Cyberattackers are constantly looking for new ways to compromise systems and create havoc, but when they find something that works, they stick with it. Consider the consistency of phishing — more than 90 percent of attacks still start with a successful phishing email.
Ransomware, meanwhile, is a more recent addition to the mix. Over the past two years, ransomware has proved itself both useful and profitable for attackers. In 2021, the threat was so pervasive that cybersecurity firm SonicWall called it the “year of ransomware.” The company’s threat intelligence data lends credence to the title: Over the first three quarters of 2021, ransomware attacks spiked 148 percent, topping out at 1,748 attempts per customer in Q3, the highest number ever recorded.
For businesses, the rapid rise of ransomware is worrisome: More attacks happening more quickly means increased chances for compromise. To stay ahead of attackers, it’s critical for companies to understand the driving forces, recognize common strategies and deploy solutions that can render ransomware less risky.
What’s Driving the Rapid Spread of Ransomware?
According to Dmitriy Ayrapetov, SonicWall vice president of platform architecture, the pandemic is partly responsible for the higher volume of ransomware. “Many companies are now five to seven years ahead of their previous plans for digitization,” he says. “What this means is that attack surfaces are bigger and more fragile.”
DISCOVER: Learn more about ransomware protection with SonicWall.
The shift to commercialized attacks also plays a role in ransomware’s spread. “About 18 months ago, we noticed that attackers began moving away from emails to start targeting vulnerabilities,” Ayrapetov says. “There was also a shift to a channel-based model that saw attackers changing from writers and operators to using Ransomware as a Service options.”
In practice, Ransomware as a Service groups work like affiliate programs: Would-be hackers get access to prebuilt ransomware tools and then give a fixed percentage of their profits back to the creators.
What Strategies Are Attackers Using to Compromise Systems?
As Ayrapetov points out, attackers have realized the value in vulnerabilities for successful ransomware attacks.
“All software has vulnerabilities,” he says. “If I’m an attacker, I don’t need to trick a person to click a file. I can now keep track of vulnerabilities, then scan the internet for specific instances of these vulnerabilities and exploit them.” In addition, he points to the rise of custom code that allows attackers to establish persistence on business networks and identify the best avenue for ransomware attacks.
Malicious actors have also moved past the single-extortion phase of demanding bitcoin or other payment for the release of critical files. “Now, attackers are carrying out double extortion — they want payment and threaten to leak data,” Ayrapetov says. “They’re also conducting triple extortion, which sees them sifting through data to find a contact, customer or patient list and also applying pressure to them."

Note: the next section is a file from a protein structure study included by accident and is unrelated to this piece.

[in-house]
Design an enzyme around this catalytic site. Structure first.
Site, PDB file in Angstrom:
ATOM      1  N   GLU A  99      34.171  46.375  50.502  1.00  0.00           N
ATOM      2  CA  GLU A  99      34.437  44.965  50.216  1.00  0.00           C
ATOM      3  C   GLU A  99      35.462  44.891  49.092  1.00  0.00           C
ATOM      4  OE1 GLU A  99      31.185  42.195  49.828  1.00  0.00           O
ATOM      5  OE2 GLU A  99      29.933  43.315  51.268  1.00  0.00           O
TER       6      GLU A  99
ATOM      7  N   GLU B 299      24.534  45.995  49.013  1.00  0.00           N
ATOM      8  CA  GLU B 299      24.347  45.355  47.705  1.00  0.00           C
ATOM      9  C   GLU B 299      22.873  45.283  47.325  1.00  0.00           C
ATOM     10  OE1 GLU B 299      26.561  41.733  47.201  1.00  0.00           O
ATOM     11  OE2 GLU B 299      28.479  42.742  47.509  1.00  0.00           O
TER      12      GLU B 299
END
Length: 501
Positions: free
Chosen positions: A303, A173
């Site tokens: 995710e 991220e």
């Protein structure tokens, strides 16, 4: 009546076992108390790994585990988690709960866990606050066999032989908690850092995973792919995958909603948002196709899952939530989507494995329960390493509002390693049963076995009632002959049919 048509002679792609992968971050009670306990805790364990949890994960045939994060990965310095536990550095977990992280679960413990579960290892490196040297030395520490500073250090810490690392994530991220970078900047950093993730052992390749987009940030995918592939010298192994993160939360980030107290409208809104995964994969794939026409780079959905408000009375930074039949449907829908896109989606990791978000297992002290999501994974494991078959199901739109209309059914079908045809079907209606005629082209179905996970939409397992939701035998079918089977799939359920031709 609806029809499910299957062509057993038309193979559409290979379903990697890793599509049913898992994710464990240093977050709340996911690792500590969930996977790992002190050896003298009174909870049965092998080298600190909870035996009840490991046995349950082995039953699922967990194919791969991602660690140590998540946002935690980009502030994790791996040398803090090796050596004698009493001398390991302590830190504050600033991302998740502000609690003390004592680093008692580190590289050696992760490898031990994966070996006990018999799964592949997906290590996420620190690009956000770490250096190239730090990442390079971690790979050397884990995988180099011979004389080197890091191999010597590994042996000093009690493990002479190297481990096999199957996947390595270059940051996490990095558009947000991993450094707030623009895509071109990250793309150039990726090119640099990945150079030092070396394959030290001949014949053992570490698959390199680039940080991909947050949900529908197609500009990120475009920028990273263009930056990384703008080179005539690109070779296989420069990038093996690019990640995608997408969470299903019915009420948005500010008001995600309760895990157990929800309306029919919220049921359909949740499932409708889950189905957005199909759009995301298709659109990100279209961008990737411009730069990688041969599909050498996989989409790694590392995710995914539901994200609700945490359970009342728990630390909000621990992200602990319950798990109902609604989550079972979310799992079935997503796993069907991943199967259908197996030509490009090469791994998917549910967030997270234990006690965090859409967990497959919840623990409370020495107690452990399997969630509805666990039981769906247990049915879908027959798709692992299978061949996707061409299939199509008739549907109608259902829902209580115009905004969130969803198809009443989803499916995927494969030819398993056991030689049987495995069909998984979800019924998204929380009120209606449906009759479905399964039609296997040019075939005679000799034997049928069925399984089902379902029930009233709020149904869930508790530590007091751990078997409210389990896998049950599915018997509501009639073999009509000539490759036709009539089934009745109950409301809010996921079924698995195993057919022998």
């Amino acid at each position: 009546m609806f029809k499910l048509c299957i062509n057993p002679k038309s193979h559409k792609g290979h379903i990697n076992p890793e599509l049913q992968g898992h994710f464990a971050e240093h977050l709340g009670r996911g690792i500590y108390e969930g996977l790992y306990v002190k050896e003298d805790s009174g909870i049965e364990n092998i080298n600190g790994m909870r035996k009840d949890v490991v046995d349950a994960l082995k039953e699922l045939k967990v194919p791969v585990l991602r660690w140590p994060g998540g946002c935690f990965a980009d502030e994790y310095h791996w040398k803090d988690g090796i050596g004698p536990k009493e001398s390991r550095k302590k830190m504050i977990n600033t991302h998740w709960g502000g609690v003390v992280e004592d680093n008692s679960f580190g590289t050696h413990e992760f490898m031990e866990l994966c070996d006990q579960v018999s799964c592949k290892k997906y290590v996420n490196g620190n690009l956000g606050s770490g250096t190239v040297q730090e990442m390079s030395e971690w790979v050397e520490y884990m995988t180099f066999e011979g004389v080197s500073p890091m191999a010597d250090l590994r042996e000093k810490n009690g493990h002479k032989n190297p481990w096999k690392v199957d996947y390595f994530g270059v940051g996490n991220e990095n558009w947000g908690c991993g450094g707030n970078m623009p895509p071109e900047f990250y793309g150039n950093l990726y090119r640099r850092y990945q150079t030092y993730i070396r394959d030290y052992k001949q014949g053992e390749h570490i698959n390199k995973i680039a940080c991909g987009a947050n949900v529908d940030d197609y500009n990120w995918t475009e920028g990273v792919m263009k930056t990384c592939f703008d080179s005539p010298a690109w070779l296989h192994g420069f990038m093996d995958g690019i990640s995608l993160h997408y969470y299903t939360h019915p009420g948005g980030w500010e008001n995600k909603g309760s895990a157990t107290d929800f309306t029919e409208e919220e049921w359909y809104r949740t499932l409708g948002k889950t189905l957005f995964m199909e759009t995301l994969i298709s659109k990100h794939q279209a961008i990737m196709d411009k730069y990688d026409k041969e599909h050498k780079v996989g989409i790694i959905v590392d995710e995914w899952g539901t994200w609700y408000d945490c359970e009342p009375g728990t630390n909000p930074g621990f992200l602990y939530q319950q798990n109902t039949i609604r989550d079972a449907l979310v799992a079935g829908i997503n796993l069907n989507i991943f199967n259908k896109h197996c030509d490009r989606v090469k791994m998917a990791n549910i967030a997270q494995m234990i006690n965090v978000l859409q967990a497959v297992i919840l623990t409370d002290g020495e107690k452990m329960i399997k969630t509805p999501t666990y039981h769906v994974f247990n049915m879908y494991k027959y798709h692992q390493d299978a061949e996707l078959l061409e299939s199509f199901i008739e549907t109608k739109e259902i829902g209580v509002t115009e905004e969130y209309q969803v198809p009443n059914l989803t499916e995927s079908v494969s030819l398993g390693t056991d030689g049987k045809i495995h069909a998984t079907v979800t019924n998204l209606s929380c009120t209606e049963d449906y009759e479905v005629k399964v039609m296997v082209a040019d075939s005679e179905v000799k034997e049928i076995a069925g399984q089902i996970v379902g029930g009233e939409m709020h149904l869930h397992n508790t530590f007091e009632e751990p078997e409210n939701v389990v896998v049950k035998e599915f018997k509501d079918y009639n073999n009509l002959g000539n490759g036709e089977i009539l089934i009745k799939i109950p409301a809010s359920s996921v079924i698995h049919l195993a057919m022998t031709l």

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For Ayrapetov, the shift in tactics and techniques means ransomware isn’t going anywhere. “Today’s cybercriminals demonstrate deliberate reconnaissance, planning and execution to surgically deploy tool chains targeting enterprise and government infrastructure,” he says. “This results in larger victims and leads to higher ransoms.”
How Businesses Can Protect Themselves from Ransomware
Ayrapetov suggests a multipronged approach to reducing ransomware risk that focuses on both detecting attacks before they reach business networks and defending against intrusion when — not if — attacks occur.
Solutions such as SonicWall’s patented Real-Time Deep Memory Inspection (RTDMI) can help detect evasive malware payloads that attempt to hide in plain sight and fool traditional security countermeasures. Ayrapetov points to the rise in weaponized documents — everything from PDFs to Excel and Word documents designed to appear legitimate and wreak havoc once they’re past the perimeter. By looking past the obvious to what’s underneath the data surface, RTDMI can spot threats before they gain a foothold.
“On the network side,” says Ayrapetov, “businesses need intrusion prevention. It’s such an unsexy topic — it’s two decades old, its death has been predicted for years, but now it’s having its moment.” SonicWall’s Capture Advanced Threat Protection (ATP) solution leverages machine learning across network endpoints to analyze file behavior using a multiengine sandbox platform that includes full system emulation, virtualized sandboxing and hypervisor-level analysis along with RTDMI.
Put simply? With ransomware on the rise and showing no signs of slowing, the sooner businesses identify what’s happening and where it’s coming from, the better. And while there’s no foolproof way to foil attackers’ efforts, a multipronged approach to protection can significantly reduce ransomware risk.
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